Sunday, February 28, 2010

Don't mess with a Dune Ant

As I mentioned previously, survival against the harshest imaginable conditions was a constant theme for us during our visit to Namibia. Well, not for us as well looked after tourists, but certainly for the all of the wildlife around us. We were constantly awed at what we learned about the ingenious survival techniques of desert dwellers. And not only must the animals be incredibly resourceful, but tough, tough, tough.

Take the Dune Ant. Every time I photographed one, after one or two snaps, the insect would sense me and, rather than scurrying away, actually stop its activities to look up at me and cock its sharp mandibles menacingly. As if to say, "Hey! Hey! Yeah, you, the papa-frickin-razzi. I'm workin' here. We ain't all on vacation. Get that lens outa my face before I bite your ass."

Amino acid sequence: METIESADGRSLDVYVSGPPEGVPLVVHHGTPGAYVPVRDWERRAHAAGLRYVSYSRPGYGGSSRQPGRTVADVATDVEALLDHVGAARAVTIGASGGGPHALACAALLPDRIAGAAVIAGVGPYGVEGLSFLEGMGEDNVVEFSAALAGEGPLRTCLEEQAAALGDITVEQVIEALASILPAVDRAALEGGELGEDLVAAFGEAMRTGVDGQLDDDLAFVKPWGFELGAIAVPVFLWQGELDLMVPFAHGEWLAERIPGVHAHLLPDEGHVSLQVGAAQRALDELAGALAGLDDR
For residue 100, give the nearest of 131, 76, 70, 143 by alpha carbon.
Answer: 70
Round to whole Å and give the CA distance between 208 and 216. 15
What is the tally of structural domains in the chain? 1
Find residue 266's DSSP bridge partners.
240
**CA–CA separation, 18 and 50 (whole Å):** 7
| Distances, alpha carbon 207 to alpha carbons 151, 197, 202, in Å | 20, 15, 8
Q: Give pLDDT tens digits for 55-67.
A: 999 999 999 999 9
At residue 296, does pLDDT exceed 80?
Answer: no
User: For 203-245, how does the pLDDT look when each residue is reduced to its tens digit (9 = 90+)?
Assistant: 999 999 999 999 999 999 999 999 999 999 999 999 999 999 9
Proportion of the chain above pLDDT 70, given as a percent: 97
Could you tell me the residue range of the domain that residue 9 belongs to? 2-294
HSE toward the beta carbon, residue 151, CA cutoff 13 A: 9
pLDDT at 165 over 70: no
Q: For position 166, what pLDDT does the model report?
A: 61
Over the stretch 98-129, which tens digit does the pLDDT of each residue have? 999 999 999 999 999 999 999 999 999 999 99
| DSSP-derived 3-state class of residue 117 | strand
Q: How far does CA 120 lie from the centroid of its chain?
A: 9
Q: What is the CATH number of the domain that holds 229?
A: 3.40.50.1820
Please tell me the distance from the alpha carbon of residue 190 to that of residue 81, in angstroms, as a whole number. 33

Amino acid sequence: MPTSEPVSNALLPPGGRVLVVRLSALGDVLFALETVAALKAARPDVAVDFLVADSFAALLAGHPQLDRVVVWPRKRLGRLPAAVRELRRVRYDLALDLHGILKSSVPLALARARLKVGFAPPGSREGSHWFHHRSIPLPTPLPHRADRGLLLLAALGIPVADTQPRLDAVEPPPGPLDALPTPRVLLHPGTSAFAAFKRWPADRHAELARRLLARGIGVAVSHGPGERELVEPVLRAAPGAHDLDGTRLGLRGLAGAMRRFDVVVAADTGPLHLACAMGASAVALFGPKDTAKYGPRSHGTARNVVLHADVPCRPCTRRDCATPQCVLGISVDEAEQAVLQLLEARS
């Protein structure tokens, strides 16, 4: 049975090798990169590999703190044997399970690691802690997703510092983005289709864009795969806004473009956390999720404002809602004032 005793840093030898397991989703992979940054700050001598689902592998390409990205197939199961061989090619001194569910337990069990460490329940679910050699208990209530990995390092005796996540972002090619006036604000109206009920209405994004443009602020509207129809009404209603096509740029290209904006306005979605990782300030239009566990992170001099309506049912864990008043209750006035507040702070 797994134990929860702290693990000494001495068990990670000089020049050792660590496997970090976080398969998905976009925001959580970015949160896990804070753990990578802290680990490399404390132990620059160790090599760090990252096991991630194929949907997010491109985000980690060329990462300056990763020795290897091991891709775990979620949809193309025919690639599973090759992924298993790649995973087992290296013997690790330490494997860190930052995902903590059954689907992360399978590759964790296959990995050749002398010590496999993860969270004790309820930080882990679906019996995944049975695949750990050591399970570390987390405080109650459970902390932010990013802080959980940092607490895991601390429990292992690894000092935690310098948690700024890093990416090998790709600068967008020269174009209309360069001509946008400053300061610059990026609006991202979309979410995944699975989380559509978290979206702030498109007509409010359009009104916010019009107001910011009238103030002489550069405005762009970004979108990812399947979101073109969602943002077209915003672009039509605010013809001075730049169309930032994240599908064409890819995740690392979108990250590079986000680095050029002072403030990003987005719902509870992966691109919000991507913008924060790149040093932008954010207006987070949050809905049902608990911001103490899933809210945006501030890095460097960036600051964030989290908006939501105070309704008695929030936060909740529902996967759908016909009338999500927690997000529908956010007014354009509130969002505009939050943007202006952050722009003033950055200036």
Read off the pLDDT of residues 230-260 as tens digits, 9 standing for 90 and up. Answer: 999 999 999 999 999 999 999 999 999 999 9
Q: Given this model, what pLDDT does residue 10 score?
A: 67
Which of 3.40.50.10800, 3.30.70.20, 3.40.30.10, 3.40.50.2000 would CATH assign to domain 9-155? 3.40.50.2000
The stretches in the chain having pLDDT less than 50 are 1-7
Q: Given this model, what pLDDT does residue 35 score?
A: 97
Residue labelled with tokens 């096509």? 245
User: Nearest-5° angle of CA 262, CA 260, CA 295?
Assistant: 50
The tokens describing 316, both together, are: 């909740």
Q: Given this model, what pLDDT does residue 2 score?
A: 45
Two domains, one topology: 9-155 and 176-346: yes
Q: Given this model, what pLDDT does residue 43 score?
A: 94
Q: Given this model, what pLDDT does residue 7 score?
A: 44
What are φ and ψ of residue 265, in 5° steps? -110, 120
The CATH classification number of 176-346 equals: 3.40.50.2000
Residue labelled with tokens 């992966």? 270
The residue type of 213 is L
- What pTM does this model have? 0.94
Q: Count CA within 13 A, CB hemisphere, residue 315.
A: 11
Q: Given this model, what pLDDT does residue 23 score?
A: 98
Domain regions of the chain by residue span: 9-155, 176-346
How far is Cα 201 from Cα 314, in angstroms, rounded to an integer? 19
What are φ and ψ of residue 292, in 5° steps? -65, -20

After coming home I read a bit more about the Dune Ant, and I'm even more impressed. They actually herd scale insects like livestock in order to milk their sugary secretions. And, according to a short description I read on, they can navigate by the angle of the sun and "in order to limit water loss, they breathe in short rapid bursts." They also fiercely defend their nests and will fight intruders to the death, pinning a rival ant to the hot sand to cook it alive. Wow.

Have a look at this video courtesy of Animal Planet which explains more about this tenacious ant. And click the photos for a better, close up view.

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